AT A GLANCE
Impressive bass output
Plays loudly without stress
Matching center, surround, and Atmos speakers available
No wood finish option
Needs to be pulled out into the room for best sound
Canton’s Chrono 70 tower speaker delivers powerful sound with ease and represents a great value at its $2K price.
Canton may be a speaker brand that’s relatively unknown in North America—no doubt due to the company’s products not being available in these parts for the past decade—but the German outfit has been doing business for almost 50 years. Headquartered about 25 miles north of Frankfurt, Canton is one of Germany’s largest loudspeaker manufacturers, offering a truly breathtaking spread of models across several product ranges.
If you wanted to pluck a representative speaker out from the middle of Canton’s lineup, you’d most likely select the Chrono 70. The whole Chrono series resides somewhere in the middle of the company’s range, occupying a comfortable sweet spot between affordability and performance. One key advantage to this positioning is that the Chrono series leverages trickle-down technology from Canton’s more expensive lines—the Vento series’ Wave Surround rubber woofer suspension, for example, which permits greater driver excursion with less distortion.
The 70 is the smallest of three floorstanding towers within the Chrono series, with a couple of bookshelf models coming in just below it to complete the lineup. There’s also a Chrono center channel, subwoofer, on-wall, and an Atmos elevation model in case your plans include a full surround rig. But for this review we focused just on the Chrono 70, used alone as a stereo pair.
Many companies selling affordable speakers moved their production lines to Asia long ago, but Canton has resisted this temptation. Instead, it has chosen to consolidate operations within the EU, with flagship models manufactured in Germany and lower-cost lines like the Chrono produced across the border in the Czech Republic. This strategy allows Canton to hold costs down while keeping everything reasonably close to home.
We Americans tend to appreciate the warmth of a real wood veneer finish, but it seems European design these days is all about purity and austerity. With that in mind, it’s not surprising that the Chrono 70 is only available in black or white. Its front baffle has a high gloss painted finish, while the cabinet’s sides, top, and back are covered with a matching textured vinyl wrap. Magnetically attached black fabric grilles can be used to cover up the drivers, although I found the Chrono 70 to be quite attractive with its drivers left naked. The tweeter has a mesh protective cover, which will prevent curious children with prodding fingers from poking it.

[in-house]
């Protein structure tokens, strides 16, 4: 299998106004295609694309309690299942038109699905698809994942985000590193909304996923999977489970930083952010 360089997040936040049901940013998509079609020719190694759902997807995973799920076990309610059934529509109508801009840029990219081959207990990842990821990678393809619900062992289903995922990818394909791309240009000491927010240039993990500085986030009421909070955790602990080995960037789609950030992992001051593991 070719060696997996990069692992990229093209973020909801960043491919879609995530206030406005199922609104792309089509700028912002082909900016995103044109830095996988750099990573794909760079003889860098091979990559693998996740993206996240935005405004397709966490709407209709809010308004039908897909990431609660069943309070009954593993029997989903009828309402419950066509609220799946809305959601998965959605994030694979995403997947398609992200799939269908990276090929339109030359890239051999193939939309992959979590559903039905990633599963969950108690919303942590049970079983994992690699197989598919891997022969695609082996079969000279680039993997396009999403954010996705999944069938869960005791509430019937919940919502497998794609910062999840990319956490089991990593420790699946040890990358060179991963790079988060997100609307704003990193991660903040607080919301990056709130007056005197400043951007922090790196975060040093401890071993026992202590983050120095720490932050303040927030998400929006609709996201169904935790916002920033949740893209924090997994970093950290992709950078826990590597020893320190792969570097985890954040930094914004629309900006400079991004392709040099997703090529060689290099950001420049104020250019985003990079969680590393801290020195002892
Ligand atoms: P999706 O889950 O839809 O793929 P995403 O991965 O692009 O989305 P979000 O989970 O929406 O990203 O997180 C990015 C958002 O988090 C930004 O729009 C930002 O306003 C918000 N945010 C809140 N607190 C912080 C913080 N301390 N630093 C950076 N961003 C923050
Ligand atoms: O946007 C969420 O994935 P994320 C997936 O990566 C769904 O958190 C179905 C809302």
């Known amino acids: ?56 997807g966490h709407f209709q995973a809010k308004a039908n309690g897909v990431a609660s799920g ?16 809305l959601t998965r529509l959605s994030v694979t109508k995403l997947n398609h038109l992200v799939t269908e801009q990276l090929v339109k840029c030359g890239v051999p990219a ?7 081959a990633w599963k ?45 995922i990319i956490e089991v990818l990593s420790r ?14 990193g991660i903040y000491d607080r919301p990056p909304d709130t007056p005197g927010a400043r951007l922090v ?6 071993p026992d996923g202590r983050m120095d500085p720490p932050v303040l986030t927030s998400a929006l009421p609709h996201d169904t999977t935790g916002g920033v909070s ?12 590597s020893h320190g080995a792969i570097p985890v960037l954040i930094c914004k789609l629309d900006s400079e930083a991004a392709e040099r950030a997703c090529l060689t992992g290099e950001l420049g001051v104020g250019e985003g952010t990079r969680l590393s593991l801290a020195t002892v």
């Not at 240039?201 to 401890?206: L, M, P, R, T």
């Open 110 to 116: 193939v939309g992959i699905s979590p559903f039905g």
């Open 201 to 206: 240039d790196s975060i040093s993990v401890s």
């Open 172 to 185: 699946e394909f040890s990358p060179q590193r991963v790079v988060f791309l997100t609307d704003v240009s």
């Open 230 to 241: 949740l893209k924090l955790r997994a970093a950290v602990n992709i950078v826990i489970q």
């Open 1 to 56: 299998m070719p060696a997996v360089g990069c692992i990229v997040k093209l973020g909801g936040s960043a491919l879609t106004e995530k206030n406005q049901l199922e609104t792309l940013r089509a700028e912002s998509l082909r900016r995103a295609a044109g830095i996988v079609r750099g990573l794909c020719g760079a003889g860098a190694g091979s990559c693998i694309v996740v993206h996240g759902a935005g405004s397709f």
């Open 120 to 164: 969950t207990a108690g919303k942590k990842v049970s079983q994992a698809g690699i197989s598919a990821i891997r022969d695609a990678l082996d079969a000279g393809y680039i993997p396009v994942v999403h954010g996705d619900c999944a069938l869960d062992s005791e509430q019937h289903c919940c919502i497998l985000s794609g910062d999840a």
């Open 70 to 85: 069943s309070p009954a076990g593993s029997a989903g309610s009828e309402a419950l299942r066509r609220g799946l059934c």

On the back of the Chrono 70’s cabinet is a fairly large bass port with two pairs of gold-plated speaker cable binding posts below it. A pair of jumper straps connect the top binding posts to the lower ones for a normal single-wire connection, while removing them allows for bi-wiring or bi-amping. A pedestal at the speaker’s base extends its foot- print a couple of inches out in each direction for added stability, while a set of not especially sharp spikes can be attached for installation on carpeting, with a rubber foot option for hard floors.
Canton’s literature describes the Chrono 70 as a three-way speaker, but after seeing that it uses what appears to be two identical- looking low-frequency drivers in addition to the tweeter, I was a bit unsure about that description. It became clear after running tests that this could be more accurately described as a 21⁄2-way speaker, with both six-inch aluminum woofers covering the full bass range, but only the upper one also handling midrange frequencies. (The Chrono 70’s bottom woofer starts to roll off at around 300Hz, while the upper crosses over to the tweeter at around 3kHz.) A 21⁄2-way speaker can offer real advantages over a more traditional three-way; specifically, it has greater bass output capability than a single- woofer design can muster, while still maintaining the smooth dispersion and coherency of a separate midrange driver.